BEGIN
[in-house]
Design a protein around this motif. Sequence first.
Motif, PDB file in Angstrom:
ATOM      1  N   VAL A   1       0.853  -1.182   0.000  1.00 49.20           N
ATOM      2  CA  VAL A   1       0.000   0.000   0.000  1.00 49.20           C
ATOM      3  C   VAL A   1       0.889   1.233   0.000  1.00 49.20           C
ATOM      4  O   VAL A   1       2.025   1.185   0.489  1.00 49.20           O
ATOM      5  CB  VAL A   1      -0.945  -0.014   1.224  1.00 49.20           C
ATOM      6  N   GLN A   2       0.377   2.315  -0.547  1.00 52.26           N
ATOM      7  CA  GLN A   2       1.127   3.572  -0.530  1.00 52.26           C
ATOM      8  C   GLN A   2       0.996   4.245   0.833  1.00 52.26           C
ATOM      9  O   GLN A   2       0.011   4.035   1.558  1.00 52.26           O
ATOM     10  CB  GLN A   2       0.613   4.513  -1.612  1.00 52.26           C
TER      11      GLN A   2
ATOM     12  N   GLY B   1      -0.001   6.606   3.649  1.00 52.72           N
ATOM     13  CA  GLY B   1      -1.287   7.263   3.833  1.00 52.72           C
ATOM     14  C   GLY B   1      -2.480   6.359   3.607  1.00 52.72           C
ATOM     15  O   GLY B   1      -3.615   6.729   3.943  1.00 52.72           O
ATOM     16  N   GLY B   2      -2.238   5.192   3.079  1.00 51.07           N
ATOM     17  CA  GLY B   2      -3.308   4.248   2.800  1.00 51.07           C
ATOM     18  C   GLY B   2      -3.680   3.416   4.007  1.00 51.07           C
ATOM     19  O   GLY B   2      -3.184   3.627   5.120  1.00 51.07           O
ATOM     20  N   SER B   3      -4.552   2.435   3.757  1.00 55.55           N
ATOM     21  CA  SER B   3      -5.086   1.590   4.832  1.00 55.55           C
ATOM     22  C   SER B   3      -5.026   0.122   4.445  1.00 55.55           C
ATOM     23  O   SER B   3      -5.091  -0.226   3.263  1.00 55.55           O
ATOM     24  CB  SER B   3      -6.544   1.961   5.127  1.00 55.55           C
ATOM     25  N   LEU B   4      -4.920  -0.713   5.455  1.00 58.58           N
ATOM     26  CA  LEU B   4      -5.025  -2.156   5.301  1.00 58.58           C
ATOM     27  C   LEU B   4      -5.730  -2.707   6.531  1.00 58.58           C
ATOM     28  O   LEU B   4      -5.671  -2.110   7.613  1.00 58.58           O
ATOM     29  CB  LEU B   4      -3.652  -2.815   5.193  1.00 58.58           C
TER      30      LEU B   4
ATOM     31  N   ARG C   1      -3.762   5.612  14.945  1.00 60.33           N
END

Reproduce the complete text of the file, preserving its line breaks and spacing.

[in-house]
Design a protein around this motif. Sequence first.
Motif, PDB file in Angstrom:
ATOM      1  N   VAL A   1       0.853  -1.182   0.000  1.00 49.20           N
ATOM      2  CA  VAL A   1       0.000   0.000   0.000  1.00 49.20           C
ATOM      3  C   VAL A   1       0.889   1.233   0.000  1.00 49.20           C
ATOM      4  O   VAL A   1       2.025   1.185   0.489  1.00 49.20           O
ATOM      5  CB  VAL A   1      -0.945  -0.014   1.224  1.00 49.20           C
ATOM      6  N   GLN A   2       0.377   2.315  -0.547  1.00 52.26           N
ATOM      7  CA  GLN A   2       1.127   3.572  -0.530  1.00 52.26           C
ATOM      8  C   GLN A   2       0.996   4.245   0.833  1.00 52.26           C
ATOM      9  O   GLN A   2       0.011   4.035   1.558  1.00 52.26           O
ATOM     10  CB  GLN A   2       0.613   4.513  -1.612  1.00 52.26           C
TER      11      GLN A   2
ATOM     12  N   GLY B   1      -0.001   6.606   3.649  1.00 52.72           N
ATOM     13  CA  GLY B   1      -1.287   7.263   3.833  1.00 52.72           C
ATOM     14  C   GLY B   1      -2.480   6.359   3.607  1.00 52.72           C
ATOM     15  O   GLY B   1      -3.615   6.729   3.943  1.00 52.72           O
ATOM     16  N   GLY B   2      -2.238   5.192   3.079  1.00 51.07           N
ATOM     17  CA  GLY B   2      -3.308   4.248   2.800  1.00 51.07           C
ATOM     18  C   GLY B   2      -3.680   3.416   4.007  1.00 51.07           C
ATOM     19  O   GLY B   2      -3.184   3.627   5.120  1.00 51.07           O
ATOM     20  N   SER B   3      -4.552   2.435   3.757  1.00 55.55           N
ATOM     21  CA  SER B   3      -5.086   1.590   4.832  1.00 55.55           C
ATOM     22  C   SER B   3      -5.026   0.122   4.445  1.00 55.55           C
ATOM     23  O   SER B   3      -5.091  -0.226   3.263  1.00 55.55           O
ATOM     24  CB  SER B   3      -6.544   1.961   5.127  1.00 55.55           C
ATOM     25  N   LEU B   4      -4.920  -0.713   5.455  1.00 58.58           N
ATOM     26  CA  LEU B   4      -5.025  -2.156   5.301  1.00 58.58           C
ATOM     27  C   LEU B   4      -5.730  -2.707   6.531  1.00 58.58           C
ATOM     28  O   LEU B   4      -5.671  -2.110   7.613  1.00 58.58           O
ATOM     29  CB  LEU B   4      -3.652  -2.815   5.193  1.00 58.58           C
TER      30      LEU B   4
ATOM     31  N   ARG C   1      -3.762   5.612  14.945  1.00 60.33           N